U.S. officials hope that, taken together, the weapons and gear will boost the profile and prowess of rebel fighters in a conflict that started about 2 1/2 years ago.
Despite taking his case for intervention in Syria directly to the American people on Tuesday night, President Barack Obama has been unable to sway their elected representatives in Washington. Votes continue to pile up against a potential authorization of force should a diplomatic solution fail, largely because of the confused, contradictory case the White House continues to present.
President Obama insisted that intervention against Syria was in our nation interest, even though he once again said that Bashar al-Assad’s regime didn’t represent a threat to the United States. He all but said that Assad’s government used chemical weapons against its own people, even though the Obama Administration can’t prove who ordered the attack.
And while he claimed that strikes would be a deterrent against future use of chemical weapons, President Obama didn’t present any plan for what happens should the situation in Syria escalate. The speech was basically a glorified summary of everything that has been said since the end of August, with the added detail that there may now be a diplomatic solution.
President Barack Obama did not make a convincing case for military intervention, according a CNN poll of Americans who watched the speech on Tuesday night.
Under intense criticism from members of Congress and polls showing a lack of support from the American people, President Obama hoped that he would be able to sway public opinion by taking repeating the same talking points that had been in the next for the past few weeks in a televised address.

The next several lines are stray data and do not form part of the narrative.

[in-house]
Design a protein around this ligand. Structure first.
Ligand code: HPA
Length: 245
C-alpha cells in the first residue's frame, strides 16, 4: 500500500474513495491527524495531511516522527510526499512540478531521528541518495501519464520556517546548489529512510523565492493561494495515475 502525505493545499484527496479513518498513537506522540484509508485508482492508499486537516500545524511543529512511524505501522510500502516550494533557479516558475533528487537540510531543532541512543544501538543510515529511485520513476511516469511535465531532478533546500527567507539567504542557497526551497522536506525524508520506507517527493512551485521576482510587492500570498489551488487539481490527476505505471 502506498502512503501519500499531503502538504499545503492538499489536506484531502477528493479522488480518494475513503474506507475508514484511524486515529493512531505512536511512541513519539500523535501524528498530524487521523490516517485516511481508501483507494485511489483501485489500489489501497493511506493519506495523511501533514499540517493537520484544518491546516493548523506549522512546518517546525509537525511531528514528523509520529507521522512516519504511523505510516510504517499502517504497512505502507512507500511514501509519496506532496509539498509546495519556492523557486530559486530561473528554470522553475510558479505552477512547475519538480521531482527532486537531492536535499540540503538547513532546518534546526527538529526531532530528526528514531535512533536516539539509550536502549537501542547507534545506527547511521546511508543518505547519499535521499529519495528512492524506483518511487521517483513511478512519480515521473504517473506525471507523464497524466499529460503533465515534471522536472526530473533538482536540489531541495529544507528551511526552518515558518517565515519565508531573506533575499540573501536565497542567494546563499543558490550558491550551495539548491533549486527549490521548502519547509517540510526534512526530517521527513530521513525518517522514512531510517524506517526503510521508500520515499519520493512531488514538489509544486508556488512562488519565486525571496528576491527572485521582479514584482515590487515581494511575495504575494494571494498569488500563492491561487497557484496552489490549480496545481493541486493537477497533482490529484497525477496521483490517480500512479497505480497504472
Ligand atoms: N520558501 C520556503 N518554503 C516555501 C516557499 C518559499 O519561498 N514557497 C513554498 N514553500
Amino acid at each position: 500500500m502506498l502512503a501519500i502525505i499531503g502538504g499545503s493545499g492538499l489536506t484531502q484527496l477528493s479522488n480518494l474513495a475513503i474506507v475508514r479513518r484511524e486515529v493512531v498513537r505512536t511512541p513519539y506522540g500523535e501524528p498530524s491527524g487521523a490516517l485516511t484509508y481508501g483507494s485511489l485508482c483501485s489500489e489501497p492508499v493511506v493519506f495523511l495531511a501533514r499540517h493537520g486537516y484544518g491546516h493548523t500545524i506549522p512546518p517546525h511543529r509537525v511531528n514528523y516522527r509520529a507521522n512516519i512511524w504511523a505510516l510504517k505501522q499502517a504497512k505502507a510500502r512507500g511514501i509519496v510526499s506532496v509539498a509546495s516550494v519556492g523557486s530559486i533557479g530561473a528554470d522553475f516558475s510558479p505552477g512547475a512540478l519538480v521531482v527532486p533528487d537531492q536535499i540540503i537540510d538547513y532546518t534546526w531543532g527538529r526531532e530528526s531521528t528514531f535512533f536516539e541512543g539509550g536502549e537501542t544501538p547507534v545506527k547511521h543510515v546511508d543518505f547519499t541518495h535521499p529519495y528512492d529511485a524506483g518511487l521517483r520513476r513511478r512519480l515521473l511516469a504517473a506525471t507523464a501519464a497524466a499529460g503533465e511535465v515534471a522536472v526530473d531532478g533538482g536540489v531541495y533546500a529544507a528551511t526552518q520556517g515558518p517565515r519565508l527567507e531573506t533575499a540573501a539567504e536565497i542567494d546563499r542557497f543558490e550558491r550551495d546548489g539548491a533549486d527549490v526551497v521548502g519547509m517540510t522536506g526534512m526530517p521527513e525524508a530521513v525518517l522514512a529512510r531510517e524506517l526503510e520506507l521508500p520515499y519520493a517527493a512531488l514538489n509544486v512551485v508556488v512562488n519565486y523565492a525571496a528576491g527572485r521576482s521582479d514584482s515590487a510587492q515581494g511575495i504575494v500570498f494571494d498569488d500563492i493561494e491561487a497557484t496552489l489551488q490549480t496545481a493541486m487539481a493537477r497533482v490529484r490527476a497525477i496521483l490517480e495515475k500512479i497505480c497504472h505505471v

But the CNN poll shows that 50% of Americans believe that President Obama failed to make a convincing case for military strikes. The poll found that 47% said that he did make the case, putting the results within the margin of error.
Additionally, 58% of Americans who watched the speech say that air strikes against Syria would not achieve significant goals for the United States. There was a slight shift in the numbers on this question from the pre-speech poll of the same respondents when 66% said that air strikes be unsuccessful.
Those who believe that air strikes would accomplish the United States goals’ rose from 30% pre-speech to 36% after.
Americans are, however, more confident in the outcome of a diplomatic solution brokered by Russia, with 65% saying that such an angle is likely to resolve the dispute.
Sixty-nine percent (69%) reacted positively to President Obama’s speech, with 35% describing calling their reaction “very positive” and 34% saying it was “somewhat positive.” Though that’s still a high number, it’s down from CNN’s past post-speech favorables.